Decrease in Florida citrus acidity over the last fifty years

Paul F. Cancalon


Data accumulated since 1949 have revealed a persistent trend in citrus juice composition. The changes are particularly important in the area of juice acidity. During that period, orange juice acidity has decreased by 27% and that of grapefruit juice by 30%. On the contrary, degree Brix values have remained fairly constant. As a consequence, Brix/Acid ratios have increased considerably. Multiple factors may have play a role in these changes. Over these fifty years many cultivars and rootstocks have been replaced and these substitutions appear to have affected acid levels. Several other factors have to be taken into account, among them: weather patterns (rain, temperature), and migration of the production areas. The replanting of the groves from the North Central area of the growing zone toward the South for oranges and toward the East coast for grapefruit, appears to be the original cause for the changes in juice composition. The new trees differ from the old ones not only by their location but often by the cultivar and the rootstock.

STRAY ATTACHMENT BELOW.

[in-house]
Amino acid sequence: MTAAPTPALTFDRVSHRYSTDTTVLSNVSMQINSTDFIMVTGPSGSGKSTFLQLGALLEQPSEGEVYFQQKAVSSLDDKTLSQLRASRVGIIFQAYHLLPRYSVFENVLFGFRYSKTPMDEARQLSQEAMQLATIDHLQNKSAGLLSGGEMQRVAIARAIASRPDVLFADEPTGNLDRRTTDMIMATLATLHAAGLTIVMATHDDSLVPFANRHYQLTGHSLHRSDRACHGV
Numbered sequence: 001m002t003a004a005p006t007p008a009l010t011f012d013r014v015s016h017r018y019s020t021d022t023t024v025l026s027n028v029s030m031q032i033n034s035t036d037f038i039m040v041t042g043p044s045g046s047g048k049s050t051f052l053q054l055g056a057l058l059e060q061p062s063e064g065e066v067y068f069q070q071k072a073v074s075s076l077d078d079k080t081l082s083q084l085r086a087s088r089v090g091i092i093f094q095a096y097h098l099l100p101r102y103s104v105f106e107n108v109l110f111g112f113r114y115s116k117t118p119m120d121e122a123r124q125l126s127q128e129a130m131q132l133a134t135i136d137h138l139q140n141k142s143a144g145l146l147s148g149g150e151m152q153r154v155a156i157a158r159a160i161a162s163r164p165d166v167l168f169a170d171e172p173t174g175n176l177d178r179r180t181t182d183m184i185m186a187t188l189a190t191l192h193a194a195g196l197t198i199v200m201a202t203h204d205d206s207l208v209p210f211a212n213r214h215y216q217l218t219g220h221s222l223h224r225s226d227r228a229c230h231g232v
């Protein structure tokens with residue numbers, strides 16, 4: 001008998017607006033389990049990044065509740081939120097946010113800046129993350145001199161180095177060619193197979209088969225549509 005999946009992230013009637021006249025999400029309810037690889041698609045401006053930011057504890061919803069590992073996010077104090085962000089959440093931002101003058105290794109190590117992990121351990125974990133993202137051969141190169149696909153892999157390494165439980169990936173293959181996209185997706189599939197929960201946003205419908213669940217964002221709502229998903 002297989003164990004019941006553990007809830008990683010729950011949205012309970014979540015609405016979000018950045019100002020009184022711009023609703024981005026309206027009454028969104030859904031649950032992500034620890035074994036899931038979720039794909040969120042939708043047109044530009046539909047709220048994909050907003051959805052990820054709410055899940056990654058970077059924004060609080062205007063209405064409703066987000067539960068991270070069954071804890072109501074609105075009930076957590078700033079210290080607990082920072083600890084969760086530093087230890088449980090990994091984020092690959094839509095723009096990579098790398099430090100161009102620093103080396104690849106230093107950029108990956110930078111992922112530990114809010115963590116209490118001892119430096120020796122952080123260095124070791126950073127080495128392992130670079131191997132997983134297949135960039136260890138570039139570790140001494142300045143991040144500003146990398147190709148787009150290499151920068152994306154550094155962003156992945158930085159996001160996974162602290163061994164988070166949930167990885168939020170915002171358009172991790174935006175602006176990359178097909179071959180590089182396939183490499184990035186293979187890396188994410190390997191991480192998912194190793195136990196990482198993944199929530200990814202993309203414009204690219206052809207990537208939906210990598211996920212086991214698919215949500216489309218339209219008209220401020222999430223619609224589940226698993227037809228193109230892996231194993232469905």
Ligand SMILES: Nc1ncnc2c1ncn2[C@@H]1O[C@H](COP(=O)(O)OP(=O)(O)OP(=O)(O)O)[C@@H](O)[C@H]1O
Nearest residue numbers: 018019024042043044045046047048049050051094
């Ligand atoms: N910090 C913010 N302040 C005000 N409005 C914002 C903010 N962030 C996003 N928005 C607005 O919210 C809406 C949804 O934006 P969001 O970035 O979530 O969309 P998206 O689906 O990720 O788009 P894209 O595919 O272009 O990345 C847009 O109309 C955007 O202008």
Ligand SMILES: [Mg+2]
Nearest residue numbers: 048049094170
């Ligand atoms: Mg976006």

citrus cultivars; fruit acidity; grapefruit; orange; rootstock

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Proc. Fla. State Hort. Soc.     ISSN 0886-7283